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Crit Care Med. 2018 Jan;46(1):130-137. doi: 10.1097/CCM.0000000000002803.

Technological Distractions (Part 2): A Summary of Approaches to Manage Clinical Alarms With Intent to Reduce Alarm Fatigue.

Author information

1
1Department of Anesthesiology and Critical Care Medicine, Johns Hopkins University, School of Medicine, Baltimore, MD.2Department of Integrated Healthcare Delivery, Johns Hopkins Health System, Baltimore, MD.3Department of Pediatrics, Perelman School of Medicine at the University of Pennsylvania, Philadelphia, PA.4Departments of Physiological Nursing and Neurological Surgery, UC Berkeley/UCSF Joint Bio-Engineering Graduate Programe, Berkeley, CA.5Department of Clinical Engineering, Clinical Engineering Professional Services, University of Virginia Health System, Charlottesville, VA.6Department of Anesthesia and Critical Care Section of Pulmonary and Critical Care Medicine, University of Chicago, Chicago, IL.7Department of Medicine, Brigham and Women's Hospital and Harvard Medical School, Boston, MA.8Department of Nephrology, Centre for Kidney Research and Innovation, School of Medicine, University of Nottingham, Nottingham, United Kingdom.9Department of Physiological Nursing, University of California, San Francisco, San Francisco, CA.10Critical Care Division, Department of Critical Care, Grady Health Systems, Atlanta, GA.11Department of Pharmacy and Therapeutics, Critical Care Medicine, Biomedical Informatics, University of Pittsburgh, Pittsburgh, PA.

Abstract

OBJECTIVE:

Alarm fatigue is a widely recognized safety and quality problem where exposure to high rates of clinical alarms results in desensitization leading to dismissal of or slowed response to alarms. Nonactionable alarms are thought to be especially problematic. Despite these concerns, the number of clinical alarm signals has been increasing as an everincreasing number of medical technologies are added to the clinical care environment.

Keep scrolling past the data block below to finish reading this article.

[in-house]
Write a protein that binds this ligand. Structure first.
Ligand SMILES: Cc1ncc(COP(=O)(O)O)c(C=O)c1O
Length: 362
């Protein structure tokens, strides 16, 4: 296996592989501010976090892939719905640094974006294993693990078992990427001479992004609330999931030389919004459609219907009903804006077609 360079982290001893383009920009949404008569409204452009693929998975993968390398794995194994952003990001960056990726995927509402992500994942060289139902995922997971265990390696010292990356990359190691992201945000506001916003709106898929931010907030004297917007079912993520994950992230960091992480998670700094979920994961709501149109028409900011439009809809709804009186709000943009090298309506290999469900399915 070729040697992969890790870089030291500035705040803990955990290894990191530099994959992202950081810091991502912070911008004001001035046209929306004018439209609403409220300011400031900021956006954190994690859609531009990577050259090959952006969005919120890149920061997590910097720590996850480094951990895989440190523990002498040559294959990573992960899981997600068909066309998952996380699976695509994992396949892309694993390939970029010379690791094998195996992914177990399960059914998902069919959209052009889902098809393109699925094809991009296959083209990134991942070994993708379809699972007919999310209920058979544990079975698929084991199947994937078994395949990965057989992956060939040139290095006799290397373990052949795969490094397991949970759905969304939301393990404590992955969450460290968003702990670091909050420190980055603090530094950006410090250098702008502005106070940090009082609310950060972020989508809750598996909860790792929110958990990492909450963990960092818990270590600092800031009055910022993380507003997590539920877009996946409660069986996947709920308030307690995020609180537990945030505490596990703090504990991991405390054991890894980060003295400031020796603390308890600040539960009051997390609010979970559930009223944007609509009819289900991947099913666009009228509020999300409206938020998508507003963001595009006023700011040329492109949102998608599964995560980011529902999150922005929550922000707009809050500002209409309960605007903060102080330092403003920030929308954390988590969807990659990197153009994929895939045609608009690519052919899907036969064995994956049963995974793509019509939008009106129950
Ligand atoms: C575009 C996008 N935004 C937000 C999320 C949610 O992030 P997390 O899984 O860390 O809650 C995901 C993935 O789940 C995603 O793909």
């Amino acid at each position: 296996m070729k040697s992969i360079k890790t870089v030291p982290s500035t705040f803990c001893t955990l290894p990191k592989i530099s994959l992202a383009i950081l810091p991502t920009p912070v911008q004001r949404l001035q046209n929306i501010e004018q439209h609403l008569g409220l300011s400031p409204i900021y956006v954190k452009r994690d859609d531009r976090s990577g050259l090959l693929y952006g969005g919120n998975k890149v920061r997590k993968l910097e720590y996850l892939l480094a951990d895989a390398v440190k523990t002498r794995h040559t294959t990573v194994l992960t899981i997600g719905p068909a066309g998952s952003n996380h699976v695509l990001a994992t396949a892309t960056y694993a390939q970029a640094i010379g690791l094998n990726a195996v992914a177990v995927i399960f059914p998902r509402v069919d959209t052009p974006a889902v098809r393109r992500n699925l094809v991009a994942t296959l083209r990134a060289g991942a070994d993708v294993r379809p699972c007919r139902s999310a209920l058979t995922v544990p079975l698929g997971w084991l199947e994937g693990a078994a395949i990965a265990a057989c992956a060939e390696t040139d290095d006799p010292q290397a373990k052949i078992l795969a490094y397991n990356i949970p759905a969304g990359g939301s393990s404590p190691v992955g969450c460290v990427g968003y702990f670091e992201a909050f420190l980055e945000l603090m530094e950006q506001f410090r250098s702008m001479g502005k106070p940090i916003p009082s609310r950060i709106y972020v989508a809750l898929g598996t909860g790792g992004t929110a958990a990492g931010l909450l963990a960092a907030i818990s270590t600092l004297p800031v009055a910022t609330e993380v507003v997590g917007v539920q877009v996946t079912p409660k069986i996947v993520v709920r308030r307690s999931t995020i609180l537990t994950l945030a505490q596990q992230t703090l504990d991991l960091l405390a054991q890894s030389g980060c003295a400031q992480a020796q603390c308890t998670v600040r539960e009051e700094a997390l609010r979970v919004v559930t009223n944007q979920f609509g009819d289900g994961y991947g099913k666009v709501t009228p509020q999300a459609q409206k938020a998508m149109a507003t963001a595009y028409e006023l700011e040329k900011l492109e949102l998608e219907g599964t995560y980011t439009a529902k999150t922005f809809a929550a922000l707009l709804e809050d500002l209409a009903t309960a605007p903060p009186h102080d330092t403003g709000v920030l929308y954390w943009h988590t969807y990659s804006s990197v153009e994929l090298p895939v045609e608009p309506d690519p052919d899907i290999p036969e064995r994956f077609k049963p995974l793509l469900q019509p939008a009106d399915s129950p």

DATA SOURCES:

PubMed, SCOPUS, Embase, and CINAHL.

STUDY SELECTION:

We performed a systematic review of the literature focused on clinical alarms. We asked a primary key question; "what interventions have been attempted and resulted in the success of reducing alarm fatigue?" and 3-secondary key questions; "what are the negative effects on patients/families; what are the balancing outcomes (unintended consequences of interventions); and what human factor approaches apply to making an effective alarm?"

DATA EXTRACTION:

Articles relevant to the Key Questions were selected through an iterative review process and relevant data was extracted using a standardized tool.

DATA SYNTHESIS:

We found 62 articles that had relevant and usable data for at least one key question. We found that no study used/developed a clear definition of "alarm fatigue." For our primary key question 1, the relevant studies focused on three main areas: quality improvement/bundled activities; intervention comparisons; and analysis of algorithm-based false and total alarm suppression. All sought to reduce the number of total alarms and/or false alarms to improve the positive predictive value. Most studies were successful to varying degrees. None measured alarm fatigue directly.

CONCLUSIONS:

There is no agreed upon valid metric(s) for alarm fatigue, and the current methods are mostly indirect. Assuming that reducing the number of alarms and/or improving positive predictive value can reduce alarm fatigue, there are promising avenues to address patient safety and quality problem. Further investment is warranted not only in interventions that may reduce alarm fatigue but also in defining how to best measure it.

PMID:
29112077
DOI:
10.1097/CCM.0000000000002803
[Indexed for MEDLINE]

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